In the works since mid-2015, plans to level the Divisadero Touchless Carwash and Roy’s Shell station on the corner of Divisadero and Oak and develop a six-story building upon the 41,000-square-foot site could be approved by San Francisco’s Planning Commission next week.

In addition to leveling the corner Shell station and car wash, the proposed development includes razing the existing residential buildings at 1048-1052 Oak and moving the two-story Victorian at 1060 Oak Street fifty feet to the east in order to provide more room for the project which would rise up to 65 feet in height, stepping down to 4 stories along Oak, with a 5,800-square-foot courtyard behind the building, a 3,600 square foot terrace on the second floor and 7,100 square feet of open space for building residents on its roof.

As proposed, the refined plans would yield 184 apartments (a mix of 89 studios, 21 one-bedrooms and 74 twos), of which 37 are slated to be offered at below market rates (BMR); stacked parking for 57 cars (including one car share space) and 170 bikes; and 8,100 square feet of commercial/retail space fronting (mainly) Divisadero and Oak, space which could be divided to accommodate up to 10 individual tenants.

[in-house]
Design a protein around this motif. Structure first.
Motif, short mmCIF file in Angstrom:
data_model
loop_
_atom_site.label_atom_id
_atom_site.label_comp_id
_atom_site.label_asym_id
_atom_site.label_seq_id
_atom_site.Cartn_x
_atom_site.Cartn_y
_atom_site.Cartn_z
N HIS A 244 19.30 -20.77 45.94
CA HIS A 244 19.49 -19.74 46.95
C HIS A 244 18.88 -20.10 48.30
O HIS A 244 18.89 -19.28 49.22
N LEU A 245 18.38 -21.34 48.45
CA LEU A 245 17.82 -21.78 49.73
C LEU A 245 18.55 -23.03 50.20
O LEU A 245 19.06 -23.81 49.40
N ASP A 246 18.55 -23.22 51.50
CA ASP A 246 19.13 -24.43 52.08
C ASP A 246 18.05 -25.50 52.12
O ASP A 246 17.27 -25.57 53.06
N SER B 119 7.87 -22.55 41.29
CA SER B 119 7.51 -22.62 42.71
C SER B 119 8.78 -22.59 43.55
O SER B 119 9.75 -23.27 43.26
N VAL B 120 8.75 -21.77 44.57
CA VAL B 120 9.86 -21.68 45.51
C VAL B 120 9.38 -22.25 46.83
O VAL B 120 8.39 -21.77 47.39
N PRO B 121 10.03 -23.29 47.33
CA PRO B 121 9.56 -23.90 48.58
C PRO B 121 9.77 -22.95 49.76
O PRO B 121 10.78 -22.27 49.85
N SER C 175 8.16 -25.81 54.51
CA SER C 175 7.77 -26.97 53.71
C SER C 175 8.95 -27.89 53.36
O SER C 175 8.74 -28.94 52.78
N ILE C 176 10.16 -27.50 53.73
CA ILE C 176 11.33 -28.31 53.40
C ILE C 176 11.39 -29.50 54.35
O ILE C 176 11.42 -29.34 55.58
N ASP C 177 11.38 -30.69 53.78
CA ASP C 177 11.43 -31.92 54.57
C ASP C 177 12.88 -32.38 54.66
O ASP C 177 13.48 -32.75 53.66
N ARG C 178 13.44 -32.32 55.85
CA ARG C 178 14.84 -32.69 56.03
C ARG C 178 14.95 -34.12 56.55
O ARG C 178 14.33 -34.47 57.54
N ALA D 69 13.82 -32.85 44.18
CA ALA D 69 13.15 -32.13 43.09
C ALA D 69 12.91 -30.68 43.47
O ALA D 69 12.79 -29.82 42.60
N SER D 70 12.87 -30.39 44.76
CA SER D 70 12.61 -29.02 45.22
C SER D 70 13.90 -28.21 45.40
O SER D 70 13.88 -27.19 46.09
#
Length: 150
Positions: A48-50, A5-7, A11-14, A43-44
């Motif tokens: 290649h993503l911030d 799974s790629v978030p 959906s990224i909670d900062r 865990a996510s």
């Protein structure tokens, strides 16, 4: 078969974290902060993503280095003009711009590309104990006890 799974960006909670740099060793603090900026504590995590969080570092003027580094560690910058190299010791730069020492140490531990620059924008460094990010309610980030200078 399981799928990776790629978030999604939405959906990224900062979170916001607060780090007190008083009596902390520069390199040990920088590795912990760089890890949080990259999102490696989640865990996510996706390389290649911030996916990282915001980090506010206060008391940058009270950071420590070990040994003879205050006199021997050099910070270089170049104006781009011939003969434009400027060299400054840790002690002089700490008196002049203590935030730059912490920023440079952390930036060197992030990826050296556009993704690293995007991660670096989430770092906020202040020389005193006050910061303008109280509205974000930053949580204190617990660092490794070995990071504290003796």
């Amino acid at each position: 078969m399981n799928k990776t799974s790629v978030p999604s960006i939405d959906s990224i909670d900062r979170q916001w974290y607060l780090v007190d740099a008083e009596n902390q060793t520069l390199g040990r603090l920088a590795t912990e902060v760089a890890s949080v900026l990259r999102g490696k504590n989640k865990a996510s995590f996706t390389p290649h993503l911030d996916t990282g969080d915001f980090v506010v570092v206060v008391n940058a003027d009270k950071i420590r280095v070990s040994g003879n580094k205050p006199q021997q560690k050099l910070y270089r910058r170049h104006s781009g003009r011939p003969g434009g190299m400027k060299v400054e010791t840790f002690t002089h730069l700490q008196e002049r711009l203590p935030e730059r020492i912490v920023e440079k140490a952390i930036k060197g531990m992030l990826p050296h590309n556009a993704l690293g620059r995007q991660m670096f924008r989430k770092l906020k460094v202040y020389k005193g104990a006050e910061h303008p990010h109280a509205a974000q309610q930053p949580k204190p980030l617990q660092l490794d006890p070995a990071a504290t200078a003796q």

While Planning has received six letters in opposition to the project (citing expected adverse effects on existing infrastructure and the existing neighborhood character, as well as increased traffic and congestion, along with decreased pedestrian safety and a need for higher levels of affordable homes, not to mention greater “benefits to existing Divisadero area residents”), it has also received 122 letters in support (including 25 letters from merchants, 8 letters from neighborhood organizations and form letters containing 89 signatures).